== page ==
Right now many low-income parents are forced to hold three and sometimes even four full- and part-time jobs in order to support their families. Imagine the boon to them and their children of legislation establishing a 30 hour standare workweek with time-and-a-half or even double wages for overtime.

    So, no, unions can’t fix these problems, while private corporations and those in the top 20 percent have no interest in doing so because they profit from them, at least in the short-run.

    I suspect it will take a kind of noblesse oblige on the part of our educated elites, or some of them, to deal with these realities. There are enlightened ways of doing this which would not penalize workers in places like Mexico and China, nor diminish the incentives for growth and innovation in our own domestic economy.

    But if we continue on the path we are on we are headed for economic and political disaster both here and abroad.

  • WigWag

    At the risk of being accused of squatting on Professor Mead’s real estate in cyberspace, one other thought comes to mind.

    It is important to remember that what is replacing the Blue State model that Mead correctly suggests is in extremis is not some mythical new incarnation of capitalism that the Professor promises is on the way. The Blue State model is being replaced by something far more familiar; it’s called the Red State model.

    We already know alot about the Red State model; it relies on more or less unregulated free enterprise and offers few constraints on the owners of capital and few protections for working people.

    It’s not like we don’t have experience with what the Red State model will bring; we’ve already lived through it. Prior to the Great Depression and the invention of the Blue State model, the United States experienced an unrelenting cycle of booms and busts. Bank failures were a regular occurrence. Serious depressions as opposed to mere recessions were a fact of life. Working people unable to find work at a decent wage could easily end up living in shanty towns or on the streets. Workers were locked up in factories that were little more than fire traps. It was the adoption of the Blue State model that eradicated that bleak reality; the death of the Blue State model will do little but bring us back to a sadder day in American history.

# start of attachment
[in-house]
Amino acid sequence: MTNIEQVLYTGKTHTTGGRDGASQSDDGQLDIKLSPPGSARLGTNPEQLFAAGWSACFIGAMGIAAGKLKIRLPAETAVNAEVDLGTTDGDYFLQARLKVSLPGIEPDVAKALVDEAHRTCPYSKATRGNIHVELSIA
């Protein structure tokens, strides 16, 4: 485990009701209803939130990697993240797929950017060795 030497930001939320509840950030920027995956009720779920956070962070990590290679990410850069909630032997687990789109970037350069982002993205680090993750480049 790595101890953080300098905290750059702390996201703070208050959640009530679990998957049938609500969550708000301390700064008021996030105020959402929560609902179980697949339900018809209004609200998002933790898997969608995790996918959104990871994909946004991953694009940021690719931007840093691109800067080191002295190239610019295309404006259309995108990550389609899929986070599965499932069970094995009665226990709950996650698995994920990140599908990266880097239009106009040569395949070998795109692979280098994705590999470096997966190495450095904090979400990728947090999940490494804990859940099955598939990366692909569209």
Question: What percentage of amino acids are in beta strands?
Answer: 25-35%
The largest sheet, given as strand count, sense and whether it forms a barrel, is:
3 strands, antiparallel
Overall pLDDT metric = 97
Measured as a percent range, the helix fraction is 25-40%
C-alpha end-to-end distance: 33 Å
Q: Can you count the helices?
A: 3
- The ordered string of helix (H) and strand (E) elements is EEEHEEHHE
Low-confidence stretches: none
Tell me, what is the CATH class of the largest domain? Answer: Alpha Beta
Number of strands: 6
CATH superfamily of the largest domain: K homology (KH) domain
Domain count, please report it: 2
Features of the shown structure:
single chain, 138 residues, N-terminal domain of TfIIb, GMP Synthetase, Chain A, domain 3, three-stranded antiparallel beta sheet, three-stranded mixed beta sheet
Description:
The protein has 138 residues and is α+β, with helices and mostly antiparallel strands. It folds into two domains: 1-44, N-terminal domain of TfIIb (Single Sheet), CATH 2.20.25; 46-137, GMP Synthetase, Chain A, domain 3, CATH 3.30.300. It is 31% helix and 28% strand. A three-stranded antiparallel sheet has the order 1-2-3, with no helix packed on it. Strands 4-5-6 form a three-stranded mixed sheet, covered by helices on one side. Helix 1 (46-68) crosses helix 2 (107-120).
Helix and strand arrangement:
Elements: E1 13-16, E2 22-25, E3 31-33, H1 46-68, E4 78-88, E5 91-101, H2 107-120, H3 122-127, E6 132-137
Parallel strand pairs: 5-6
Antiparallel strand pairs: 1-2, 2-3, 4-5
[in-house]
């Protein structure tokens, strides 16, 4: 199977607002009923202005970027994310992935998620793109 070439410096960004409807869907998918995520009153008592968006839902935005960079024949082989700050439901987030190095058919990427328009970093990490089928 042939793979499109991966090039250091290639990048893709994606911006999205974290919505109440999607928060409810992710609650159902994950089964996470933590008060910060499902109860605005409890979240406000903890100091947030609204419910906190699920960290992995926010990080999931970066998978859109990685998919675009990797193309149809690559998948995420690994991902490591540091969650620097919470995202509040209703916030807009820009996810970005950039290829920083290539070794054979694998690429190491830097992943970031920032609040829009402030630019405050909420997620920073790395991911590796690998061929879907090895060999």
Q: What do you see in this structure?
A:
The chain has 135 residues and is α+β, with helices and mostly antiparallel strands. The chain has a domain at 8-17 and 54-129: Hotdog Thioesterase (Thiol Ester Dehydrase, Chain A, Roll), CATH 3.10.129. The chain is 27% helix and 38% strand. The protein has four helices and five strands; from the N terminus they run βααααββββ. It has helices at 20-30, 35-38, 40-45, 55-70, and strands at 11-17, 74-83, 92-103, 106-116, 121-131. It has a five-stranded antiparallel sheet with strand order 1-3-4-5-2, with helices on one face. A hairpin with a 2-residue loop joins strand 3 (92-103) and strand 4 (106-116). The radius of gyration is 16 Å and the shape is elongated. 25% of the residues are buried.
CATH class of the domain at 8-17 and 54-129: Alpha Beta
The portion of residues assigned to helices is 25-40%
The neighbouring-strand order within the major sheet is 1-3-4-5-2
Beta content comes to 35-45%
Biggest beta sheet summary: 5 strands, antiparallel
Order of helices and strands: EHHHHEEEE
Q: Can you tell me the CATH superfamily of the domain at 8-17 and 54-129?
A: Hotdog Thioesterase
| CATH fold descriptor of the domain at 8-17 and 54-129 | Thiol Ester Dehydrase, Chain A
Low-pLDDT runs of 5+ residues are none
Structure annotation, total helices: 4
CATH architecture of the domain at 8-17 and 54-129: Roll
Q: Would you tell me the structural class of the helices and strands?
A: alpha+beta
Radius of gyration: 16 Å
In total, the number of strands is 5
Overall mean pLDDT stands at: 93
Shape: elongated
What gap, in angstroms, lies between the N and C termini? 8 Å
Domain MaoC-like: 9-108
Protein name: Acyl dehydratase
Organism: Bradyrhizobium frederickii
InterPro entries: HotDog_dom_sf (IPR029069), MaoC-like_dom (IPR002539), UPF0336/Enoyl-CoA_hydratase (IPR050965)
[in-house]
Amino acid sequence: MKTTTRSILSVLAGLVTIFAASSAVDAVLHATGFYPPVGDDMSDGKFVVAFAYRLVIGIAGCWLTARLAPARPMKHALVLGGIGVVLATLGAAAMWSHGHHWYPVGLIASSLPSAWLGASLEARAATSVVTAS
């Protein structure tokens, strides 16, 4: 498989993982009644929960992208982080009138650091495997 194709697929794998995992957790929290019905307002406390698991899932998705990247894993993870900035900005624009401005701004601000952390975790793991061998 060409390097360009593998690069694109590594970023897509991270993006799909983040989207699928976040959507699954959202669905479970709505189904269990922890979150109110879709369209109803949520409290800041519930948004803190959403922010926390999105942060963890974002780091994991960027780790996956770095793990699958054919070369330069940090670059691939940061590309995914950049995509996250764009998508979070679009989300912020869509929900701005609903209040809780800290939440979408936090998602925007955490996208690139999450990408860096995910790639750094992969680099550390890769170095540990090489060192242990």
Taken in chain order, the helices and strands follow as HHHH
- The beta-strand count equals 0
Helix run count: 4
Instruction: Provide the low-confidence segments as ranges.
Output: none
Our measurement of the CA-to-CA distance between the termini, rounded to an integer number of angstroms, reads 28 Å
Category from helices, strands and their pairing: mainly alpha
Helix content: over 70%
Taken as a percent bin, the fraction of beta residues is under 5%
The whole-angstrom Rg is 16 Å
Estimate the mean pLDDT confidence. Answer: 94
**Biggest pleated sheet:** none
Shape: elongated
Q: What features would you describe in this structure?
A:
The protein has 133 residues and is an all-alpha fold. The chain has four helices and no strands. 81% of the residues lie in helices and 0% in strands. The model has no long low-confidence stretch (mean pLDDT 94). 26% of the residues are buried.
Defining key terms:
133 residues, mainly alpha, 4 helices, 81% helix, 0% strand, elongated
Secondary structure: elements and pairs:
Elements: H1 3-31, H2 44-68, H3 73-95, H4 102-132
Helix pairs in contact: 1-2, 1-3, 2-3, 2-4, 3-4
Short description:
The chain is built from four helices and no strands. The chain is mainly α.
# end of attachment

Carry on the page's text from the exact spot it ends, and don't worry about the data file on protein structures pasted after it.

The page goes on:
Professor Mead might enjoy looking at a chart that outlines per capita gross domestic product by U.S. states. It can be found here,

    http://en.wikipedia.org/wiki/List_of_U.S._states_by_GDP_per_capita

    As he will see, 7 of the 10 most prosperous states in the United States are blue states. All ten of the poorest states in the United States are red states (his native South Carolina is the 47th poorest state in our nation). Of the 10 most wealthy states, the only red states on the list are Wyoming and Alaska which have tiny populations and alot of oil wealth and Virginia (which is really a blue state because the source of the states wealth is to be found in the D.C. suburbs where most people work for government.)

    As the Blue State model disintegrates, we really are going to experience that race to the bottom that Mead assures us won’t happen. The more California, Connecticut, Massachusetts and New York abandon the blue state model the more they will come to resemble the failed states of Mississippi, South Carolina and Arkansas. It’s hard to imagine a race to the bottom more pathetic than that. It would be like Germans aspiring to live more like Bulgarians.

    On a completely unrelated note, I wanted to thank Professor Mead for his recent article in Foreign Affairs that I just had the opportunity to read today; it was very thought provoking.

  • Dracovert

    For an opinion piece, if I may so describe it, this is certainly good news. And yet, and yet …